Hi World, i have one of these antennas, there great if you treat them right, put them together just as the instructions say, wind a choke as close to feedpoint as possible, most importantly make sure it is totally waterproof, problems you might have,plastic blocks cracking and breaking, loose element sections, grommets coming out of the driven elements inner ends and letting water in, (put grommets in firmly and tape them in) loose or corrosion on phasing rods where they fix to driven elements,cobwebs in traps,elements turning in the wind and the whole antenna turning on mast, to stop the elements turning you can put an exhaust clamp next to the original U bolt and put a metal plate across the 4 nuts, to stop mast turning try Lochtite to stop nuts coming undone, there is very little that will ever go wrong with the traps, if the vswr isn't too good check lengths and security of element sections and check phasing rods, make sure the feeder is really close to the feedpoint, choke should be 5 turns with ID of 6 inches, if you use a 1-1 current balun make sure the 2 wires that feed antenna are as short as possible, i find mine performs very well, can see it on if anyone wants to know anything about them i would be glad to help if i can cheers, you can get replacment parts for any Mosley ever made from there factory, see website. - Fred in England.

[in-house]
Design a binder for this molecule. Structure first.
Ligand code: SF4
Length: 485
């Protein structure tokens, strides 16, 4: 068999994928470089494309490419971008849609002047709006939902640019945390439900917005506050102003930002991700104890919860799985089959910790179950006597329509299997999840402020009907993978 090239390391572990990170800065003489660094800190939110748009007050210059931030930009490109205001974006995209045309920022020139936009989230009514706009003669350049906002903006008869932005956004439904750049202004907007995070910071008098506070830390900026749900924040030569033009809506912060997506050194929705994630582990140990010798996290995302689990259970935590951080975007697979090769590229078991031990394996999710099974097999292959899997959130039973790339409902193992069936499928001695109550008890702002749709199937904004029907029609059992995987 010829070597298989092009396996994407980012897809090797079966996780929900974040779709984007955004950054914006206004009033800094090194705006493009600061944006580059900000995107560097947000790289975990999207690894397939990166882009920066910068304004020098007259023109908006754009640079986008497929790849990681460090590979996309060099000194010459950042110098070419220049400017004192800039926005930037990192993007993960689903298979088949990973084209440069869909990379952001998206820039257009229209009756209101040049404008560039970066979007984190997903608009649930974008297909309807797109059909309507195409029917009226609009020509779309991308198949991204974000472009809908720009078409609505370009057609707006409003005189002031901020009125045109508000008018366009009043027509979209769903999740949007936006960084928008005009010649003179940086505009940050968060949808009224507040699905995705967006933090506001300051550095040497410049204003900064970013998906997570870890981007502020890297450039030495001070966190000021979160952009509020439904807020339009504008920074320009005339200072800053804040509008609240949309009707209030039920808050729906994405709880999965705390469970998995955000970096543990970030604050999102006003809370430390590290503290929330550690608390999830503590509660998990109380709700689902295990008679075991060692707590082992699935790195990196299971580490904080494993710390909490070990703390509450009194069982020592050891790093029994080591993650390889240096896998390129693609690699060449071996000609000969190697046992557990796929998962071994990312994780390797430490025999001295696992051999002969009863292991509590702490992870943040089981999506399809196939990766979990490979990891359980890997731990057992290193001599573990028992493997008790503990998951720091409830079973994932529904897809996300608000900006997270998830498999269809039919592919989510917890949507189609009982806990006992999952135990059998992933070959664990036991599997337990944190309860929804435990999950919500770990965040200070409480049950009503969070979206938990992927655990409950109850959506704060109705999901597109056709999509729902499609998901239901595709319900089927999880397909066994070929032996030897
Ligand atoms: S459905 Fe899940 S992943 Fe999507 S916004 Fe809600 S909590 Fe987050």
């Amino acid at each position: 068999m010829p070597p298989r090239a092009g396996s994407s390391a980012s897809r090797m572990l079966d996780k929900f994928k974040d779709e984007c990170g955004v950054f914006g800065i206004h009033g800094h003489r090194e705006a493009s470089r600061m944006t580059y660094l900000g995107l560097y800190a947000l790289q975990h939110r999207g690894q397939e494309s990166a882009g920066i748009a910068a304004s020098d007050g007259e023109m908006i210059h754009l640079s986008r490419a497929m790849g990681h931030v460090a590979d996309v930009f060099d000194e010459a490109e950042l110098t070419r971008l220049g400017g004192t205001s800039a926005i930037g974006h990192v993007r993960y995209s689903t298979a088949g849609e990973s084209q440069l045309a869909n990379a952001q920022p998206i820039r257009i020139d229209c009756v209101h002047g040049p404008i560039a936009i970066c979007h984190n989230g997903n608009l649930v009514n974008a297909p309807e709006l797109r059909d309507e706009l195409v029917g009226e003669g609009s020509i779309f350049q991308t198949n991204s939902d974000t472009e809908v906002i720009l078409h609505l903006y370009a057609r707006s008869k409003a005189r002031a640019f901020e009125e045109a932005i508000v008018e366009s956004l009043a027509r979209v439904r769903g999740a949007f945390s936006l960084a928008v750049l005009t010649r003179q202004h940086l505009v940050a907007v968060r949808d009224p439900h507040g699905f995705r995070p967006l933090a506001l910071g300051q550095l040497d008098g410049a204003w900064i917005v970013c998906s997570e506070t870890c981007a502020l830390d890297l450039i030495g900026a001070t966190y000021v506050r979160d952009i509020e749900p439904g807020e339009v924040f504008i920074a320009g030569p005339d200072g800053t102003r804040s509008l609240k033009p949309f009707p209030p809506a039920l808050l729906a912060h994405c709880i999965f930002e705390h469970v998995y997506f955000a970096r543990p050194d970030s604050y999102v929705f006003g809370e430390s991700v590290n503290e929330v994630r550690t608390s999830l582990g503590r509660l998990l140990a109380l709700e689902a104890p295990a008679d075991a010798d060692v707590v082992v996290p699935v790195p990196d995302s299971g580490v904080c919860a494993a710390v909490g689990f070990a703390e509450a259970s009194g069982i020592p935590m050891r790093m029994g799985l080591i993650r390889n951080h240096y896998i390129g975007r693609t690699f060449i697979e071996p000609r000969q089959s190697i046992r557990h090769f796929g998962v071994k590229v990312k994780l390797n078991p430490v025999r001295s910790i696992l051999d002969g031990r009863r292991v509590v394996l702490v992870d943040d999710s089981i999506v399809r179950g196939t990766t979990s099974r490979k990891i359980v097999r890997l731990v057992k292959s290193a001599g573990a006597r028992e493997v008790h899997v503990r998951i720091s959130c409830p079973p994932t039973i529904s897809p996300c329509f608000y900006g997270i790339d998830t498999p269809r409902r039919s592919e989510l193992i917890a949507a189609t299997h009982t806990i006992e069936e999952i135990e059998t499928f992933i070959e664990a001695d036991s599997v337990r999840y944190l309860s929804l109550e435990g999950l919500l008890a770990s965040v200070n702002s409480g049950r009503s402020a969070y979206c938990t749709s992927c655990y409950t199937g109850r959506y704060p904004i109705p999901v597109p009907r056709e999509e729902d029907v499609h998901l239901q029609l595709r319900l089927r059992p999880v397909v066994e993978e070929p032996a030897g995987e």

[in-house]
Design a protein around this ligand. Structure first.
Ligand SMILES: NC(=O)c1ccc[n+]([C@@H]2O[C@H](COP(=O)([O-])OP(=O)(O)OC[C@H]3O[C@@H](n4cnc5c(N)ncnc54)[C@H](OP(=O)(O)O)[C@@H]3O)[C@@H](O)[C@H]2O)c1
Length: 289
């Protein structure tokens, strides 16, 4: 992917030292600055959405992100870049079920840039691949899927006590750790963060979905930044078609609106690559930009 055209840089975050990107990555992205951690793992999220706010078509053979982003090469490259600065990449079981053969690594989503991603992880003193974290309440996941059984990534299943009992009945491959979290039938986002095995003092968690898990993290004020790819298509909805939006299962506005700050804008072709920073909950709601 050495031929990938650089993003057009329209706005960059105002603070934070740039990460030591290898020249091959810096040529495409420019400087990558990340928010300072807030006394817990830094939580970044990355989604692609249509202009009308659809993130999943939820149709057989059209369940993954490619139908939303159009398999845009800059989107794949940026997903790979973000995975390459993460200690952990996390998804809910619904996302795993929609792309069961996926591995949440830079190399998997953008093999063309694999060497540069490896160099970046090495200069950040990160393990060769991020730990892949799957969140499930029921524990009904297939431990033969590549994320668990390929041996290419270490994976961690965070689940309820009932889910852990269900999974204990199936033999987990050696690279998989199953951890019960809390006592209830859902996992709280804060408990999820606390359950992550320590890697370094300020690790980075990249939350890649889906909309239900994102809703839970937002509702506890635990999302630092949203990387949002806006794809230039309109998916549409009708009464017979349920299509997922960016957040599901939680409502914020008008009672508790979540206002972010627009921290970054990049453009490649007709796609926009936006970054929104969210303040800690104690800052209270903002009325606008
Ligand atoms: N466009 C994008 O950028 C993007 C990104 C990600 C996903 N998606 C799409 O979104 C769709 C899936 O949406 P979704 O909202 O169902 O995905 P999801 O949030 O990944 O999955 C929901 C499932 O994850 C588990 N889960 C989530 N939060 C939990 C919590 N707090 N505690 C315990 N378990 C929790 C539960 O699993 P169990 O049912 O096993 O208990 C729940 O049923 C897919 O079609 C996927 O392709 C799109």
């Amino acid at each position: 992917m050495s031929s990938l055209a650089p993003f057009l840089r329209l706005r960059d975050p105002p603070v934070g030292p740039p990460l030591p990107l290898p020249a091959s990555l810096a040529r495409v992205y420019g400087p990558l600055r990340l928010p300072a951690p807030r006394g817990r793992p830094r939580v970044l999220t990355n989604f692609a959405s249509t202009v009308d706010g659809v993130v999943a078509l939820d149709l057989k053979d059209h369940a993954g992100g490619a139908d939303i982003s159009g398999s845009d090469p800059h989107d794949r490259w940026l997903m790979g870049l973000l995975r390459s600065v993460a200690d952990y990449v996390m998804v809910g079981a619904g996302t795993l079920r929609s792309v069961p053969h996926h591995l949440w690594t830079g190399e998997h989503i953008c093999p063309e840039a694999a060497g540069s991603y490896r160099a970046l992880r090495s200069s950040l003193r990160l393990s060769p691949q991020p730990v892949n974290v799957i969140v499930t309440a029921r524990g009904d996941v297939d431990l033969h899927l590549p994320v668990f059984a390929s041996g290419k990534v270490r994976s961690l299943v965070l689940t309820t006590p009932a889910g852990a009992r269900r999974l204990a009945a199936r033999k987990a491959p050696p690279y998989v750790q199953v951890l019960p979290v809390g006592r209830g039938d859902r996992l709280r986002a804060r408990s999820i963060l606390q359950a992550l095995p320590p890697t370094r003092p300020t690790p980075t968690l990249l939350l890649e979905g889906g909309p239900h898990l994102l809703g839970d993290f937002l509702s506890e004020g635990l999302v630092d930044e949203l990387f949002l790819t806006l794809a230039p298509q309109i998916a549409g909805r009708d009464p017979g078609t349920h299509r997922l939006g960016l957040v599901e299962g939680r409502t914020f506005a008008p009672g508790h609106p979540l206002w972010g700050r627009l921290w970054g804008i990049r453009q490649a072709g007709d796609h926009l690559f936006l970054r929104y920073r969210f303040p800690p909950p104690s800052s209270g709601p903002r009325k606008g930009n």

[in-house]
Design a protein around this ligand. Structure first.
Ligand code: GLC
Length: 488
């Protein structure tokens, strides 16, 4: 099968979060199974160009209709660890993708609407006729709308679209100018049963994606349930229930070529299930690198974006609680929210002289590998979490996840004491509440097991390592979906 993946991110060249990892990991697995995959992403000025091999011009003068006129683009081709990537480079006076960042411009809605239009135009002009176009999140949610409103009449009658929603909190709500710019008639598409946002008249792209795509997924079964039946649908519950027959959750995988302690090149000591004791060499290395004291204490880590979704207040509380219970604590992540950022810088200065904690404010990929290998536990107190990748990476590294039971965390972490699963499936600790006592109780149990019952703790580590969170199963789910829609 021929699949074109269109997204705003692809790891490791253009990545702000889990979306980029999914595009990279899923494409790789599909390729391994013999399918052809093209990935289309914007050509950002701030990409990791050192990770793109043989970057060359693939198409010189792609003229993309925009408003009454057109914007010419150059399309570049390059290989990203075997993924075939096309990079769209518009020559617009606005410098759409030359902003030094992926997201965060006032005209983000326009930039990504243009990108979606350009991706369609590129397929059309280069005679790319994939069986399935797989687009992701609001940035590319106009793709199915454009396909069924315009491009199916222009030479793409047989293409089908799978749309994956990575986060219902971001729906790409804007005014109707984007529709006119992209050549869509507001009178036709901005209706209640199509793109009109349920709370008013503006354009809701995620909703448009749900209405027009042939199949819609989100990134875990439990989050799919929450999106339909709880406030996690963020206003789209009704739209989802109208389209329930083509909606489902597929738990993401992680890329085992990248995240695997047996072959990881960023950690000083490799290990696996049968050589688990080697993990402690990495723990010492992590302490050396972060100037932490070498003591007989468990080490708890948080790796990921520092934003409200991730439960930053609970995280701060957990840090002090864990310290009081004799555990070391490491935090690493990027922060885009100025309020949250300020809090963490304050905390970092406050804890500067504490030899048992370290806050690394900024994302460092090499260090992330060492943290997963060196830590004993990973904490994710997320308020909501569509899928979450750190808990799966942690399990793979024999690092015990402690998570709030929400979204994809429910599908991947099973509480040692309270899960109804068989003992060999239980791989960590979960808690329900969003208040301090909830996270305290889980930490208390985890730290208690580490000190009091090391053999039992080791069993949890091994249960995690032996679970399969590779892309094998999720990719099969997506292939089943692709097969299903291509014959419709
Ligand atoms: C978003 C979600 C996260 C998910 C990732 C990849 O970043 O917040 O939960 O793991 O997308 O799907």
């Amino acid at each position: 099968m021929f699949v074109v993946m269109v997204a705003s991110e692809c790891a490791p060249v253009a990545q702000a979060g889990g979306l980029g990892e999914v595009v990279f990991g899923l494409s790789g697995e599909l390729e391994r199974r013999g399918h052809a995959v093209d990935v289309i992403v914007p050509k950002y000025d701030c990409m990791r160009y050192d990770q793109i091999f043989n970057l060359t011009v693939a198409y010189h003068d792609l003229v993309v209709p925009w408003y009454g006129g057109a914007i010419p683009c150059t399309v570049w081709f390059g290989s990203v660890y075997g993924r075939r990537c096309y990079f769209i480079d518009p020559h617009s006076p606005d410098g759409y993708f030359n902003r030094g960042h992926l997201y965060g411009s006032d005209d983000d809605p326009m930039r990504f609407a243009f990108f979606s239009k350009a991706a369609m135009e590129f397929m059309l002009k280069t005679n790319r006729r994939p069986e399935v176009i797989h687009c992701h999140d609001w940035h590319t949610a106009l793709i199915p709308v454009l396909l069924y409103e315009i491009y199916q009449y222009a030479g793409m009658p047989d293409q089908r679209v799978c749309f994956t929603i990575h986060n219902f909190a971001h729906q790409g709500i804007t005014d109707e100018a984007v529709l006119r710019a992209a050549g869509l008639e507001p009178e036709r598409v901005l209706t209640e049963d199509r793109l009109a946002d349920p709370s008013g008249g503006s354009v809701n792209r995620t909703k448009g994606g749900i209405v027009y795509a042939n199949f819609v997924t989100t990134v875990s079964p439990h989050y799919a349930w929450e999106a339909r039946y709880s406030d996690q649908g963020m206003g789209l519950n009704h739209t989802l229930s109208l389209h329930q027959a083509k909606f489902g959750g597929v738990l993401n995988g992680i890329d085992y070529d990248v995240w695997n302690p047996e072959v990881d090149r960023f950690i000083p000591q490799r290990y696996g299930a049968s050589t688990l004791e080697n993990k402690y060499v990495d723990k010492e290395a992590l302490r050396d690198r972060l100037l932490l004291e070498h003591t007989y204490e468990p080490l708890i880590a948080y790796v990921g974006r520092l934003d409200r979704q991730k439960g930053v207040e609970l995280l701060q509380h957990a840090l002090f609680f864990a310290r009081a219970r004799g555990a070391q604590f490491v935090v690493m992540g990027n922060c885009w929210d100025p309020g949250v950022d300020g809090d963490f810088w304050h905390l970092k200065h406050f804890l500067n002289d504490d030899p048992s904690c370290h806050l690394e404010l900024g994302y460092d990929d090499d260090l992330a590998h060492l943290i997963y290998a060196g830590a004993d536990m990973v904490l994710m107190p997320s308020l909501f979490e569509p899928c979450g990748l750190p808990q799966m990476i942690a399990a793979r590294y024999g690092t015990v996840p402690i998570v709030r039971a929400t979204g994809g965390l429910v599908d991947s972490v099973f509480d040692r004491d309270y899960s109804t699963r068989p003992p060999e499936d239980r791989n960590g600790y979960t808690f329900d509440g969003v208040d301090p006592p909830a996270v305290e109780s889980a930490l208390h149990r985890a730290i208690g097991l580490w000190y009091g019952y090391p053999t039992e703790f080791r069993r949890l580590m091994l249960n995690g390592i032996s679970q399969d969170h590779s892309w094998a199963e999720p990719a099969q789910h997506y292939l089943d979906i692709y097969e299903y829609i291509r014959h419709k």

K9KEN Rating: 5/5 Nov 12, 2008 11:30 Send this review to a friend
BEST ANTENNA EVER OWNED  Time owned: more than 12 months
I have owned this antenna since 1995 NEW ! Never a problem ! One of the best performing antennas on the market ! I have had some super winds and ice storms and held up like a tank! I just bought a rebuild kit and this is one GREAT PERFORMING ANTENNA! If you are looking for a great antenna the MOSLEY TA33 M IS IT!
K3LIX Rating: 5/5 Apr 25, 2006 06:34 Send this review to a friend
Works like a charm!  Time owned: more than 12 months
I have enjoyed my TA33 for over twenty years now ,having received it used from a former (now deceased) friend. He had it for approx. ten years prior to that.It has been atop my 40 foot tower just below my Ringo Ranger since that time and although it has been through many wind & snow storms it still looks and performs like new.
Very rugged hardware indeed.
My hat is off to Mosley!
W6LBV Rating: 5/5 Dec 6, 2004 08:05 Send this review to a friend
Professional grade  Time owned: more than 12 months
The TA-33 is an old, conservatively-designed “classic Yagi,” intended to provide a basic level of performance. And it does (see below). But the real “story” here is in the hardware itself.

My TA-33-M-WARC was ordered early in 2002 and was installed on a 45' steel lattice tower over the 4th of July holiday that year. It has been in continuous service (without the slightest problem) since then.